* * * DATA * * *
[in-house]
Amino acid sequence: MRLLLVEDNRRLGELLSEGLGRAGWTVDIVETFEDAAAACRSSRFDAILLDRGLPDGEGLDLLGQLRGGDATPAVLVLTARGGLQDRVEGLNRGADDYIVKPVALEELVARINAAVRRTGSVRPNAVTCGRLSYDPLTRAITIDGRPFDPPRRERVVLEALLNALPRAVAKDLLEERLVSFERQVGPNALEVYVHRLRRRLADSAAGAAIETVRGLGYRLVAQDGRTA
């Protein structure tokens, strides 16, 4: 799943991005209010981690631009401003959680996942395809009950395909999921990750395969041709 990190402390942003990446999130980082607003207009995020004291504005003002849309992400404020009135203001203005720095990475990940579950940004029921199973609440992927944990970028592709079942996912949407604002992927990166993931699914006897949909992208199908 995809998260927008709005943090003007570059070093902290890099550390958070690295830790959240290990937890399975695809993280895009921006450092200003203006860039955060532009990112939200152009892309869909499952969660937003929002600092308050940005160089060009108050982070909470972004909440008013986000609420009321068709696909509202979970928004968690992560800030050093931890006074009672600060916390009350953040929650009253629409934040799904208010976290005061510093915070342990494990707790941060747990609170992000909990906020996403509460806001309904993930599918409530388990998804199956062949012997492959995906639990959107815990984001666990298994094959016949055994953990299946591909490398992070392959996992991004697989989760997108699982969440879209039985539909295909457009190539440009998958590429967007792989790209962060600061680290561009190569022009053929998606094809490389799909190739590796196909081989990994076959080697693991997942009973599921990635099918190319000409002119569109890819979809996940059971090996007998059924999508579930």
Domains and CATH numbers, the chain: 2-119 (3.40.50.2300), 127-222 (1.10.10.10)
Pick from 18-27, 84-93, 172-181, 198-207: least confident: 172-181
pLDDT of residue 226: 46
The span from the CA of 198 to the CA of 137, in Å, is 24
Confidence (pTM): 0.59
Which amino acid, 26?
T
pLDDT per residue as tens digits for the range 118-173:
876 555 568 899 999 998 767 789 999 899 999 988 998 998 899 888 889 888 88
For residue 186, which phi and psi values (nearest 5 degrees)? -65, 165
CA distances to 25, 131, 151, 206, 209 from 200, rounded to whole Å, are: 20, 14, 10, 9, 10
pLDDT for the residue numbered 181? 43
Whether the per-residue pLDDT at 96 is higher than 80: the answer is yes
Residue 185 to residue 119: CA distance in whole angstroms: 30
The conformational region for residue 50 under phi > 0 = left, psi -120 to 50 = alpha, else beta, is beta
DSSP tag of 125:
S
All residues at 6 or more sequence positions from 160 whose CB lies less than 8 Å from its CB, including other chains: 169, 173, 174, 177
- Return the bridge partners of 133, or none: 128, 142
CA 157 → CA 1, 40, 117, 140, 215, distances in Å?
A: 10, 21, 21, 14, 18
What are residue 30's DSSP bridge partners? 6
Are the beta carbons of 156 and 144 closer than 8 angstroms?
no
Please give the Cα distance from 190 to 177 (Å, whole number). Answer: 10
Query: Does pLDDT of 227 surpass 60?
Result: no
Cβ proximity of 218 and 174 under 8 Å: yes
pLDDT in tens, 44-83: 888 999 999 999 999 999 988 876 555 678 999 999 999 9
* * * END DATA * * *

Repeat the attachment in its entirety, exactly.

[in-house]
Amino acid sequence: MRLLLVEDNRRLGELLSEGLGRAGWTVDIVETFEDAAAACRSSRFDAILLDRGLPDGEGLDLLGQLRGGDATPAVLVLTARGGLQDRVEGLNRGADDYIVKPVALEELVARINAAVRRTGSVRPNAVTCGRLSYDPLTRAITIDGRPFDPPRRERVVLEALLNALPRAVAKDLLEERLVSFERQVGPNALEVYVHRLRRRLADSAAGAAIETVRGLGYRLVAQDGRTA
């Protein structure tokens, strides 16, 4: 799943991005209010981690631009401003959680996942395809009950395909999921990750395969041709 990190402390942003990446999130980082607003207009995020004291504005003002849309992400404020009135203001203005720095990475990940579950940004029921199973609440992927944990970028592709079942996912949407604002992927990166993931699914006897949909992208199908 995809998260927008709005943090003007570059070093902290890099550390958070690295830790959240290990937890399975695809993280895009921006450092200003203006860039955060532009990112939200152009892309869909499952969660937003929002600092308050940005160089060009108050982070909470972004909440008013986000609420009321068709696909509202979970928004968690992560800030050093931890006074009672600060916390009350953040929650009253629409934040799904208010976290005061510093915070342990494990707790941060747990609170992000909990906020996403509460806001309904993930599918409530388990998804199956062949012997492959995906639990959107815990984001666990298994094959016949055994953990299946591909490398992070392959996992991004697989989760997108699982969440879209039985539909295909457009190539440009998958590429967007792989790209962060600061680290561009190569022009053929998606094809490389799909190739590796196909081989990994076959080697693991997942009973599921990635099918190319000409002119569109890819979809996940059971090996007998059924999508579930």
Domains and CATH numbers, the chain: 2-119 (3.40.50.2300), 127-222 (1.10.10.10)
Pick from 18-27, 84-93, 172-181, 198-207: least confident: 172-181
pLDDT of residue 226: 46
The span from the CA of 198 to the CA of 137, in Å, is 24
Confidence (pTM): 0.59
Which amino acid, 26?
T
pLDDT per residue as tens digits for the range 118-173:
876 555 568 899 999 998 767 789 999 899 999 988 998 998 899 888 889 888 88
For residue 186, which phi and psi values (nearest 5 degrees)? -65, 165
CA distances to 25, 131, 151, 206, 209 from 200, rounded to whole Å, are: 20, 14, 10, 9, 10
pLDDT for the residue numbered 181? 43
Whether the per-residue pLDDT at 96 is higher than 80: the answer is yes
Residue 185 to residue 119: CA distance in whole angstroms: 30
The conformational region for residue 50 under phi > 0 = left, psi -120 to 50 = alpha, else beta, is beta
DSSP tag of 125:
S
All residues at 6 or more sequence positions from 160 whose CB lies less than 8 Å from its CB, including other chains: 169, 173, 174, 177
- Return the bridge partners of 133, or none: 128, 142
CA 157 → CA 1, 40, 117, 140, 215, distances in Å?
A: 10, 21, 21, 14, 18
What are residue 30's DSSP bridge partners? 6
Are the beta carbons of 156 and 144 closer than 8 angstroms?
no
Please give the Cα distance from 190 to 177 (Å, whole number). Answer: 10
Query: Does pLDDT of 227 surpass 60?
Result: no
Cβ proximity of 218 and 174 under 8 Å: yes
pLDDT in tens, 44-83: 888 999 999 999 999 999 988 876 555 678 999 999 999 9